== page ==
Initial Coin Offerings and SEC Enforcement: Protecting Investors (Part IA)

July 5, 2018

SEC HQ front.jpg  By Dan Portnov

Last week I had the pleasure of attending a reception featuring SEC Commissioner Robert Jackson, who spoke about FinTech, ICOs and crypto-assets. Jackson’s prepared comments and subsequent Q&A session were a rare look into one Commissioner’s concerns and hopes for cryptocurrencies as ICO quantity and investment set records each quarter. (Disclaimer: Jackson’s views did not reflect those of the Commission).

To the surprise of no one, Jackson echoed SEC Chair Jay Clayton’s views that most ICOs are securities that should be registered unless exempt and that not all ICOs are fraudulent. Among the other key takeaways:

  • Jackson approaches policymaking and enforcement with the guiding principle of protecting investors from fraudulent ICOs and bad actors in the cryptocurrency space.
  • The SEC has not yet pursued US cryptocurrency exchanges (g. Coinbase) that have not registered as exchanges under Section 6 of the Exchange Act, because it does not want these exchanges to move operations offshore, thereby limiting the Commission’s ability to pursue enforcement and remedies on behalf of US investors.
  • Jackson places little to no value in ICO white papers, calling them worthless and no substitute for fulsome disclosure.
  • Just because a coin or token may be a security at time of issuance, it may, over time, lose the characteristics that make it a security and no longer require application of the disclosure regime of federal securities laws. On this point, Jackson repeatedly cited the recent speech by William Hinman, Director of the Division of Corporate Finance.
  • The SEC’s custody rules and safeguards may be unworkable for cryptocurrency investors. Notably, once a private key to a cryptocurrency wallet is known to a third party, the cryptocurrencies held in that wallet are as good as gone, with no recourse for their owner.
  • Development of the analysis of whether coins and tokens are securities will likely take place through requests for No Action letters from the SEC.
  • The Commission is keen for developers, lawyers, investors and others in the cryptocurrency space to share trends they are seeing and become partners in promoting sound policy.

Jackson’s point regarding the difficulty of applying custody rules to cryptocurrencies raises a vital question: How can potential investors confirm that a seller of cryptocurrencies has custody of the underlying assets, services or applications that give (or will give) the coin its value?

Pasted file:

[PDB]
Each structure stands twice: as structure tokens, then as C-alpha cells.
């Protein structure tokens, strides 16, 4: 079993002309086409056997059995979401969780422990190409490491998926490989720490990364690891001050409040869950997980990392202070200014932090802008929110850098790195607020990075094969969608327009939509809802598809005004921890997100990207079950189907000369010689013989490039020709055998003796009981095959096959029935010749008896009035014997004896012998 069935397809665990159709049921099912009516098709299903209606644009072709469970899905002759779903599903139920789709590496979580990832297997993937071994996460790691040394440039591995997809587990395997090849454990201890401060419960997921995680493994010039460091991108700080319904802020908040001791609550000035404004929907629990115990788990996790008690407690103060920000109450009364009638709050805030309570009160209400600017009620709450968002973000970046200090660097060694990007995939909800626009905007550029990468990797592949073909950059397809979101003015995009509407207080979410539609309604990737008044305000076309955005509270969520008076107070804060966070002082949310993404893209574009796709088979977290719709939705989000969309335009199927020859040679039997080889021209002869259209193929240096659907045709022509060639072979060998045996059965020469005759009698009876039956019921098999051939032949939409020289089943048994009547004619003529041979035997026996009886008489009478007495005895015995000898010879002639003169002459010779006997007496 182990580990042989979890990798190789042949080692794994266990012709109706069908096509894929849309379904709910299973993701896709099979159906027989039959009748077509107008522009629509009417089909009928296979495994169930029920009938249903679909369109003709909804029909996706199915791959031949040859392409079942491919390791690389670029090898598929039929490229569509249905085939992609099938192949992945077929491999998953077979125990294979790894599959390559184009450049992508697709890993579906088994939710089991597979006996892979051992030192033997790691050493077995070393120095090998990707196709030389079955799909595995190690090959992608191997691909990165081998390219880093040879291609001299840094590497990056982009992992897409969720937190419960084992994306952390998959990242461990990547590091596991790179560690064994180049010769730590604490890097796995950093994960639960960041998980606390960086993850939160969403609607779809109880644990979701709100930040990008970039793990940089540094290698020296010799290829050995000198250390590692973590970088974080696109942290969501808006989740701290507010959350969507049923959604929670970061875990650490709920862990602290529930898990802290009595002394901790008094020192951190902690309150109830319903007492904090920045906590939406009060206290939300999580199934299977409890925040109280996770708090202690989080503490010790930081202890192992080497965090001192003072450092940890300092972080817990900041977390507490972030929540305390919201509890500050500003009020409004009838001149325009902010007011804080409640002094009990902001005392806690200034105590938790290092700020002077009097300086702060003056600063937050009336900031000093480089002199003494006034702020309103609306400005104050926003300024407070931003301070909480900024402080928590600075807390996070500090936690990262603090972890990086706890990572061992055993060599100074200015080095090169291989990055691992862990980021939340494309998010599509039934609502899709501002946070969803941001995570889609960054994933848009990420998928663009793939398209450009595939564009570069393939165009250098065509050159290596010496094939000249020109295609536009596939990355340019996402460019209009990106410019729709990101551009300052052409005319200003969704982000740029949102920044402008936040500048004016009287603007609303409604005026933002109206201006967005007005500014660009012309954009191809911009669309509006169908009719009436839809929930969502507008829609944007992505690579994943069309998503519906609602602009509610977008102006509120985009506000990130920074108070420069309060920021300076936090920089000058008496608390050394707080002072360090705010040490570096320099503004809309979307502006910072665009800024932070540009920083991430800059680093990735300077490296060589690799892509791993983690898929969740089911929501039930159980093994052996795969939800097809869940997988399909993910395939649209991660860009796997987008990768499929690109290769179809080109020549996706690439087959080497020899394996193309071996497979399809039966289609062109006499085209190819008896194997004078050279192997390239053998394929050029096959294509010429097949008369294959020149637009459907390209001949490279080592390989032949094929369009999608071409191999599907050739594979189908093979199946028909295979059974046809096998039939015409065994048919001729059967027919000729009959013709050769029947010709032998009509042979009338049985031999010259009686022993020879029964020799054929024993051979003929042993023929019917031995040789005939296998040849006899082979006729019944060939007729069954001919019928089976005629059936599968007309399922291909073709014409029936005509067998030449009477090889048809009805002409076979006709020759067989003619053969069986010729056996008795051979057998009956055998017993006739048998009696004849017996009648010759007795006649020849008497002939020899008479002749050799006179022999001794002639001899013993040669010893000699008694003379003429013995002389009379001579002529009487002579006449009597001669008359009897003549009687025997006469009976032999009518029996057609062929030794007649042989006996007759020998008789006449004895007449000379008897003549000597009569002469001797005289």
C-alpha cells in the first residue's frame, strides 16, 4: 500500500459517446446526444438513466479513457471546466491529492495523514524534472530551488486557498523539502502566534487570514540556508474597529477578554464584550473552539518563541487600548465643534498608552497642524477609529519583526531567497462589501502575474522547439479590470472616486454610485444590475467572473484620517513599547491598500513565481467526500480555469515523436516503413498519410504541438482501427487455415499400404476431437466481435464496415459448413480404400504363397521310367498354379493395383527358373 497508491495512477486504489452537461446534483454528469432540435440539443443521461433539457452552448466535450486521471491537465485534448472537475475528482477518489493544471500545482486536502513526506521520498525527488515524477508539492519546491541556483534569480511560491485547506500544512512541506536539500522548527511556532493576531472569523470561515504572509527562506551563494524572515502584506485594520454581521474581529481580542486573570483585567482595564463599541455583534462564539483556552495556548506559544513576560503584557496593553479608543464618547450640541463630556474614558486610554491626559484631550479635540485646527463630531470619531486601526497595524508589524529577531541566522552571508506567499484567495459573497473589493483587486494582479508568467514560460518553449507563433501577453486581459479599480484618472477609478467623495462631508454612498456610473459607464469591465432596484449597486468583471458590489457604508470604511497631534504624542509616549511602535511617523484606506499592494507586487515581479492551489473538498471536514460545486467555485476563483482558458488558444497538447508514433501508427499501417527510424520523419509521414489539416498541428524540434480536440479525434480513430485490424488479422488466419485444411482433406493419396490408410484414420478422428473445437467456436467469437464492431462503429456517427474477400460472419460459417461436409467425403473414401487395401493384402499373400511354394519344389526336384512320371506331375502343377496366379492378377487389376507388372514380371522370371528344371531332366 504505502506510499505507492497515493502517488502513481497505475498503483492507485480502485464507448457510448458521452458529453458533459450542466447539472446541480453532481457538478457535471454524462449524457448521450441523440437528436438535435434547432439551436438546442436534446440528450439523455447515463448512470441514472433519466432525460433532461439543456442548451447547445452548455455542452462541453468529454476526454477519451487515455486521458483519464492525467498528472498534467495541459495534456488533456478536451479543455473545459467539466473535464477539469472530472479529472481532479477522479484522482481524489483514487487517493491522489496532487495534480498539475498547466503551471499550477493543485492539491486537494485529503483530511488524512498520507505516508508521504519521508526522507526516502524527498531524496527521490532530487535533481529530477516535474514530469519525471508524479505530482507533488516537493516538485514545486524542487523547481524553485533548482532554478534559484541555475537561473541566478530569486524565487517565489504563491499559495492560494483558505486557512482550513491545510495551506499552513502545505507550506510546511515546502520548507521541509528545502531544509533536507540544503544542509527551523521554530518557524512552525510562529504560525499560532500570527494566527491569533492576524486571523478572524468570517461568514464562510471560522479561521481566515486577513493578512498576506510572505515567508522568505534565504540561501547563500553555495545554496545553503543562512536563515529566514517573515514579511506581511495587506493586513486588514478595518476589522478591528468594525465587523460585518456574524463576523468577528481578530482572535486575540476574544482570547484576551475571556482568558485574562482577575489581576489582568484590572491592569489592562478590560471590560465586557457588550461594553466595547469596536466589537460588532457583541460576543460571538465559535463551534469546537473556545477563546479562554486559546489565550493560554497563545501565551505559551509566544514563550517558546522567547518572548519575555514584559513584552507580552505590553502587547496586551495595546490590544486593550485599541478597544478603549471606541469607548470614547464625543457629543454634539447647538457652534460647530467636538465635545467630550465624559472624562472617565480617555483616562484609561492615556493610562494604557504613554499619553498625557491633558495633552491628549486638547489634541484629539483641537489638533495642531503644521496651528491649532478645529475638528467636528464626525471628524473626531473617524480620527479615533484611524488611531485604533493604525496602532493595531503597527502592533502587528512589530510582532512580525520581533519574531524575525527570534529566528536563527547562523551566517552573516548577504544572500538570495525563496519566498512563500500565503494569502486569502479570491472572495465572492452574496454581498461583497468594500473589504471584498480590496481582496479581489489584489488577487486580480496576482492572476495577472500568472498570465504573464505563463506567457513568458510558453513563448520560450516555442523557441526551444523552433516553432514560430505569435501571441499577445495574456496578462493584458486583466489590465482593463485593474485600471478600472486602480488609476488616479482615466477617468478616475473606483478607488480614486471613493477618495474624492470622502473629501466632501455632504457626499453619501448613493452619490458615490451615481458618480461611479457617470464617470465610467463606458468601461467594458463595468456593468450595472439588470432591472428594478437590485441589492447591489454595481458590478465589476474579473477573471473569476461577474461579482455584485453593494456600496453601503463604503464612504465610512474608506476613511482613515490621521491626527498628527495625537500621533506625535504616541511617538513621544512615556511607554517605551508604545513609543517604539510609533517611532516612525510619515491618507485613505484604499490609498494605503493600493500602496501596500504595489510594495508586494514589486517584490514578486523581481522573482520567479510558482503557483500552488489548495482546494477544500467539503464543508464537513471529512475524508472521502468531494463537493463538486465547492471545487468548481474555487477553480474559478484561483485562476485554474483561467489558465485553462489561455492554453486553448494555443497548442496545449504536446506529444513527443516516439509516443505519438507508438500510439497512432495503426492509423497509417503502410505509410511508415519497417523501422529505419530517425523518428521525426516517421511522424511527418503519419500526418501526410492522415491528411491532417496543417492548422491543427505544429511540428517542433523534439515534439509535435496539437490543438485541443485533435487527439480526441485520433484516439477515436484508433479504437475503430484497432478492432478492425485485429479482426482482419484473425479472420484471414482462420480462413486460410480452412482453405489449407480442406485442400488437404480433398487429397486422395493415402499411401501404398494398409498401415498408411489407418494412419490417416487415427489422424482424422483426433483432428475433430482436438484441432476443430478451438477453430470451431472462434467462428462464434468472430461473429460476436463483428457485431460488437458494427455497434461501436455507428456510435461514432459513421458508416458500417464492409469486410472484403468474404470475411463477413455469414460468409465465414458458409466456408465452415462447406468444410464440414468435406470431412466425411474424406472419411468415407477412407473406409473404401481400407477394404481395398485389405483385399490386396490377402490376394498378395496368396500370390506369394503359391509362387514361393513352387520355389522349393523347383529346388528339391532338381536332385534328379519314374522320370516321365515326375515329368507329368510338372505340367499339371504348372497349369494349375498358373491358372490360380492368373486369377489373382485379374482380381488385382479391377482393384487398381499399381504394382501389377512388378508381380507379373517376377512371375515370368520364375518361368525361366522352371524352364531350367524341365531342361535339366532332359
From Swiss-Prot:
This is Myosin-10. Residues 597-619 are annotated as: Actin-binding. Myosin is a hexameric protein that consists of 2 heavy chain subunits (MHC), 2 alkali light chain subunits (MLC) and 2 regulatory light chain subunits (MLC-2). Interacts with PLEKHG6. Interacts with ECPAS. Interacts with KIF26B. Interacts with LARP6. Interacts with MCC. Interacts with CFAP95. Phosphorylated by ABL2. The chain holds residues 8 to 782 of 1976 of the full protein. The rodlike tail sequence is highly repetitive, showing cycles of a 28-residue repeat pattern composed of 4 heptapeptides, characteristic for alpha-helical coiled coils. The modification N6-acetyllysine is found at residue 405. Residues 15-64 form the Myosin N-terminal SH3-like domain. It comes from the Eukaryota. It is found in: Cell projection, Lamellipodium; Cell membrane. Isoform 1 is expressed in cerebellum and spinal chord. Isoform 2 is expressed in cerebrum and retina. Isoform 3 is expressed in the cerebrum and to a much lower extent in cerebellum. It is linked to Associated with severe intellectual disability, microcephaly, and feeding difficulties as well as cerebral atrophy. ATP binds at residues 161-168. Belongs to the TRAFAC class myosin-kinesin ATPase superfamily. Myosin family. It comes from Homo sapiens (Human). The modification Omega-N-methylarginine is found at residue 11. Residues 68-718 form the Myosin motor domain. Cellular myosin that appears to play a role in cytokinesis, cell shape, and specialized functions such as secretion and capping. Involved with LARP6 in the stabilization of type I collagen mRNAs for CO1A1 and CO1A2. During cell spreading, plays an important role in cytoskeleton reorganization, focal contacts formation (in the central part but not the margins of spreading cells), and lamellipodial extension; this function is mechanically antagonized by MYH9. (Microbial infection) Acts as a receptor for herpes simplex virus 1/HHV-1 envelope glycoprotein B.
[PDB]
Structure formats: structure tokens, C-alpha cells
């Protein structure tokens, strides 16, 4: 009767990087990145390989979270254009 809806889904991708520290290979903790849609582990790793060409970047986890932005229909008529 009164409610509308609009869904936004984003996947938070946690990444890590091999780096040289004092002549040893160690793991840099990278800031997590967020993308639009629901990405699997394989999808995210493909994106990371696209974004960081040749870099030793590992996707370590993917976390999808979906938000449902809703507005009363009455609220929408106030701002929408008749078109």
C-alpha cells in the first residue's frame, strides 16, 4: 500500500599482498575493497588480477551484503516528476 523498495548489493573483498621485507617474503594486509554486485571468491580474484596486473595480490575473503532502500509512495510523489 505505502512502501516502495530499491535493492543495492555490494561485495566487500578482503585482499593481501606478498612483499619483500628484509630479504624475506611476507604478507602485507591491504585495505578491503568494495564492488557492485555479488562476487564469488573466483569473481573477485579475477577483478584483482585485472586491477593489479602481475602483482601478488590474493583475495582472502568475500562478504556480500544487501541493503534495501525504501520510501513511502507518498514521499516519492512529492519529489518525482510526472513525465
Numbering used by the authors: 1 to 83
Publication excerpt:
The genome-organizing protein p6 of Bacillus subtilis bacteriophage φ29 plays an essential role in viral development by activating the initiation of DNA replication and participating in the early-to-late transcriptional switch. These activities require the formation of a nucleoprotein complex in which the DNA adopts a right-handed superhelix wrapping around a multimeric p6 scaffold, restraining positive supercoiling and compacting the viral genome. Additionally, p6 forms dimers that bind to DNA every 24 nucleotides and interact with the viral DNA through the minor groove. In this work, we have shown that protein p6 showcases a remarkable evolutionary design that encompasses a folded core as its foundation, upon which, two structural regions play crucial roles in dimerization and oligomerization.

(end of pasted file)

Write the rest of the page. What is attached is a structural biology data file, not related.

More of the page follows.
Earlier, I wrote about the SEC and other regulators’ efforts in fighting fraudulent ICOs, and noted that investor due diligence is one of the keys to eliminating fraudulent ICOs. For example, the claims that RECoin or DiamondCoin were backed by real estate and diamonds, respectively, should have been easily verified by investors seeking deeds, title documents, independent auditor statements, or a tour of a safety deposit box. Further, as true aficionados will point out, one does not need cryptocurrency’s prime feature, blockchain technology, to invest in real estate or diamonds. Still, these realizations came too late to some, and $300,000 was lost.

Investors’ interest for cryptocurrency remain quite high, just as developers and issuers are keen to raise money through ICOs. Jackson said as much during his remarks and the data seems to bear this out. Though it was left unsaid, the gist of the questions and hypotheticals posed during the spirited Q&A with Jackson was that the robust appetite for ICOs has created an imbalance of power and information between issuers and investors. That is, investors may not know what questions to ask or diligence to perform, and coin issuers know they do not have to be independently forthcoming in order to secure investment.

As promised, my next post on this topic will go through the due diligence checklist first introduced by Chair Clayton, with an eye toward leveling out the ICO information imbalance.

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